Apres le Theatre at the Knickerbocker – New York City (1918)

The Knickerbocker Hotel was built by John Jacob Astor IV at the corner of 42nd Street and Broadway between 1901 and 1906.
This area is now “Times Square”, taking the name of the New York Times Building that was erected there.
When the Knickerbocker opened, the Theater District was still centered further “downtown”, but Astor foresaw the growth of this area due to the 42nd Street station of New York City’s first subway line.
A passageway once opened from the station directly into the lower floor of the Knickerbocker.
By 1918, when this postcard illustration was mailed, the Knickerbocker was a favored place for drinks or dancing after the theater.
This postcard, made in the United States, was mailed from Asbury Park, New Jersey to Mr. Aaron Cook in Baltimore.
Mr. Cook seems to be living in rented rooms, as the post card is sent in care of Mrs. E. Kershaw.
On the reverse, the writer (a sibling of Aaron, probably a sister) provides an update on family news.
Lillian received Aaron’s gift and, with it, she bought a sweater.
The writer notes that “now you both have one”.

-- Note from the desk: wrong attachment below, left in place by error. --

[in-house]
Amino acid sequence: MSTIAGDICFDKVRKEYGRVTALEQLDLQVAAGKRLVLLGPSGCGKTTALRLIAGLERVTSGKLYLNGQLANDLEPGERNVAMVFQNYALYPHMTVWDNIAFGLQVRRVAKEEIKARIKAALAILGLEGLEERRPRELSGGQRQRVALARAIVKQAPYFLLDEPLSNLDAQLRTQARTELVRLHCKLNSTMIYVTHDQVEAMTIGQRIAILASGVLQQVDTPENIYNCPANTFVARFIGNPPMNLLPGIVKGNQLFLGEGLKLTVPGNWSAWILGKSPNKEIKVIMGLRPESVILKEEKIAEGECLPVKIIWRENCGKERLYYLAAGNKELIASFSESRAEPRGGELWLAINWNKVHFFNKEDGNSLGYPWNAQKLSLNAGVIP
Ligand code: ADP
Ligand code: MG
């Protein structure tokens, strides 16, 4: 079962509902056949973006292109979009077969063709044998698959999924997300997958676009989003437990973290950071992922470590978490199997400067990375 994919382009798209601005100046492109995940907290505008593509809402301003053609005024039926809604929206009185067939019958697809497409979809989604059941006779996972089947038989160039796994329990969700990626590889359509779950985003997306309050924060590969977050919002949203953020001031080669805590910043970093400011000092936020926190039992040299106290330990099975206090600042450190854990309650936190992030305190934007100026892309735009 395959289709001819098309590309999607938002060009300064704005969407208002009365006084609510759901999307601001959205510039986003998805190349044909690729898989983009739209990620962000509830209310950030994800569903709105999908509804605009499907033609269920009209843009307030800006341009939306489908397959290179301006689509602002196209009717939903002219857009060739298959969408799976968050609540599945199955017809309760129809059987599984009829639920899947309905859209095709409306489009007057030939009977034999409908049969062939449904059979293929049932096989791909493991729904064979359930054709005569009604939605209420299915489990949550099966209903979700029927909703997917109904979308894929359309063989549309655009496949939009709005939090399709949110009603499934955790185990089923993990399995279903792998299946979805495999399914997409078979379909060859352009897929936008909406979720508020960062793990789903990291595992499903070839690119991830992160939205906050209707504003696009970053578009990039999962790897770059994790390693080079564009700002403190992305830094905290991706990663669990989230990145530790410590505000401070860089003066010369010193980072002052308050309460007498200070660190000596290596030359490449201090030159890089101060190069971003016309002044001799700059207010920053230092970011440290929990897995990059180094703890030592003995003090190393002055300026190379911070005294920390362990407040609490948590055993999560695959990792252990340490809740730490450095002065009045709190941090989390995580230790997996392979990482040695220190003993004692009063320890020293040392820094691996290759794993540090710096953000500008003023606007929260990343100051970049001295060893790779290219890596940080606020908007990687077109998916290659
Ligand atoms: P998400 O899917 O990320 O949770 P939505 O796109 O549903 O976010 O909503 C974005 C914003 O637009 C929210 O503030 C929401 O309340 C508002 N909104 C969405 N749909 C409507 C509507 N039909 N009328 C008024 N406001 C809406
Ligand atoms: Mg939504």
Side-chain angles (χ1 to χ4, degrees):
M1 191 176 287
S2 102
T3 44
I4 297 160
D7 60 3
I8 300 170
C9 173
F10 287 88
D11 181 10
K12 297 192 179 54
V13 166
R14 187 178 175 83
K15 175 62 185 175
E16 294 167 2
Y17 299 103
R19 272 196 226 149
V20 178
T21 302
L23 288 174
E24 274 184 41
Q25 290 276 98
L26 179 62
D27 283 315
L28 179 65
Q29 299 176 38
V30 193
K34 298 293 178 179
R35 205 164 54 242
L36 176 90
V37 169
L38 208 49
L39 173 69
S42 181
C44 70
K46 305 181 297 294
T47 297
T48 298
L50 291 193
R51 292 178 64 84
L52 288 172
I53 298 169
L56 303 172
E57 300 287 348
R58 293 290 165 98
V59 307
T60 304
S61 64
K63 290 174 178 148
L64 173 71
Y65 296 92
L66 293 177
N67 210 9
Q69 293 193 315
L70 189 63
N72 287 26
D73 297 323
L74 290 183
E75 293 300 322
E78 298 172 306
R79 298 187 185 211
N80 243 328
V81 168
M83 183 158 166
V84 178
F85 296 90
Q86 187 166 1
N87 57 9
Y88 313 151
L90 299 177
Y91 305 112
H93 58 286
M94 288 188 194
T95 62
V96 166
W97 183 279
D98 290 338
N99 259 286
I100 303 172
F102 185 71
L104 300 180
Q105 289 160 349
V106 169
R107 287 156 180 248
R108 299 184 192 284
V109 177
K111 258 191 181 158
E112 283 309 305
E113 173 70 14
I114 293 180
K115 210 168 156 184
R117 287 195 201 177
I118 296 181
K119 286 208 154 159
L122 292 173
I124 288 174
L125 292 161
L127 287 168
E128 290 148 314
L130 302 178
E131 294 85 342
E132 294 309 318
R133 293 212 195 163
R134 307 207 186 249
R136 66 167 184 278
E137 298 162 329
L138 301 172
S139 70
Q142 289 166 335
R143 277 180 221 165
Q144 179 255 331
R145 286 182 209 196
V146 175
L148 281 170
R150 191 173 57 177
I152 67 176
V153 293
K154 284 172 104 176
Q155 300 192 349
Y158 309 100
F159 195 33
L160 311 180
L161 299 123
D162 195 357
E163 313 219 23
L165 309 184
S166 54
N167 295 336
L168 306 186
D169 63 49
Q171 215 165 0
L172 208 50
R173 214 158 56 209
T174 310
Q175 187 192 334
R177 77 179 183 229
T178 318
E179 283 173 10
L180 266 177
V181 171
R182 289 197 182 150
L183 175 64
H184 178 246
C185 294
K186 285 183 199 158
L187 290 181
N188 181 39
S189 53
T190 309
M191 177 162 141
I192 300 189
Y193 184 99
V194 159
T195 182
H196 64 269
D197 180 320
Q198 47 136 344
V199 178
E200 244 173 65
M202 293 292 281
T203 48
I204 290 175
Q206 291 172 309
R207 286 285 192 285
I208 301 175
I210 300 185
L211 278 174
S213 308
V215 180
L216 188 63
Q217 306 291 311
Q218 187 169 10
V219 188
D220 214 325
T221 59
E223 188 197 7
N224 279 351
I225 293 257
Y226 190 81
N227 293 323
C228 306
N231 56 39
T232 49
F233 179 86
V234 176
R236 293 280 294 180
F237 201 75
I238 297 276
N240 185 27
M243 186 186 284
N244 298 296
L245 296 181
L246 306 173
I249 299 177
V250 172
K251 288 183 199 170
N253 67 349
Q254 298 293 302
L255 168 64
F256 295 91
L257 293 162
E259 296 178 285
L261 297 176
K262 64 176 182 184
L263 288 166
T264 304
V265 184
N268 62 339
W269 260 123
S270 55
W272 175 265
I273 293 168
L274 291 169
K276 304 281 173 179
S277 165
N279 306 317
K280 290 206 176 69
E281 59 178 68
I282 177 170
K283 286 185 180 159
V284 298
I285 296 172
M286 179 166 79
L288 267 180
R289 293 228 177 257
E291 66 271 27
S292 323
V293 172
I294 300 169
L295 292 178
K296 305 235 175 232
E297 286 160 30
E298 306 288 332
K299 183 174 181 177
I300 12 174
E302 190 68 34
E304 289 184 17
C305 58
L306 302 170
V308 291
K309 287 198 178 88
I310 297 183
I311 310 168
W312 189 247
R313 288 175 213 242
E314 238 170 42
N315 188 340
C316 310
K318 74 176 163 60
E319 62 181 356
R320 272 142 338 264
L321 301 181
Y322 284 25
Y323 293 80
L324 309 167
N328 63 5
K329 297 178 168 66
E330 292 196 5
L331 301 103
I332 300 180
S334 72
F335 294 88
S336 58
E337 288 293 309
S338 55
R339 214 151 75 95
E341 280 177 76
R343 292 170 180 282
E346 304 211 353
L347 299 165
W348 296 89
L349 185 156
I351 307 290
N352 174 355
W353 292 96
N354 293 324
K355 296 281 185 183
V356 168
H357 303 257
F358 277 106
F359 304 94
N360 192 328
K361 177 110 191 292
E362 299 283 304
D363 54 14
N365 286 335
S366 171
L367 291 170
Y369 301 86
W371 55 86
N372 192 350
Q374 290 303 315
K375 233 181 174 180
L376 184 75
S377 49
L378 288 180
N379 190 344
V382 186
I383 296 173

Lillian would have written, but she “went on a case” on Sunday.
(I am very curious about Lillian’s occupation.)
Helen has sent several postals to Aaron and wonders why Aaron does not seem to receive them.
The writer wonders how Rae is getting along, and says all are well, except for (her) cold.
Unfortunately, we cannot know if anyone connected to the writer or to Mr. Cook had a particular interest in the theater, in New York City, or in the social life that was about to enter the “Roaring Twenties”.
Likewise, there is a frustrating absence of information about the illustrator or publisher of this inviting picture of nightlife in 1918.
(After a wild sequence of re-adaptations, including an office building, a publishing house, and an event space, this Romanesque Revival landmark is again a luxury hotel.)
One hopes that the writer recovered from the cold, that Aaron returned the postal greetings of Helen, that Lillian was successful in her “case”, and that Aaron and Lillian could see one another in their sweaters.


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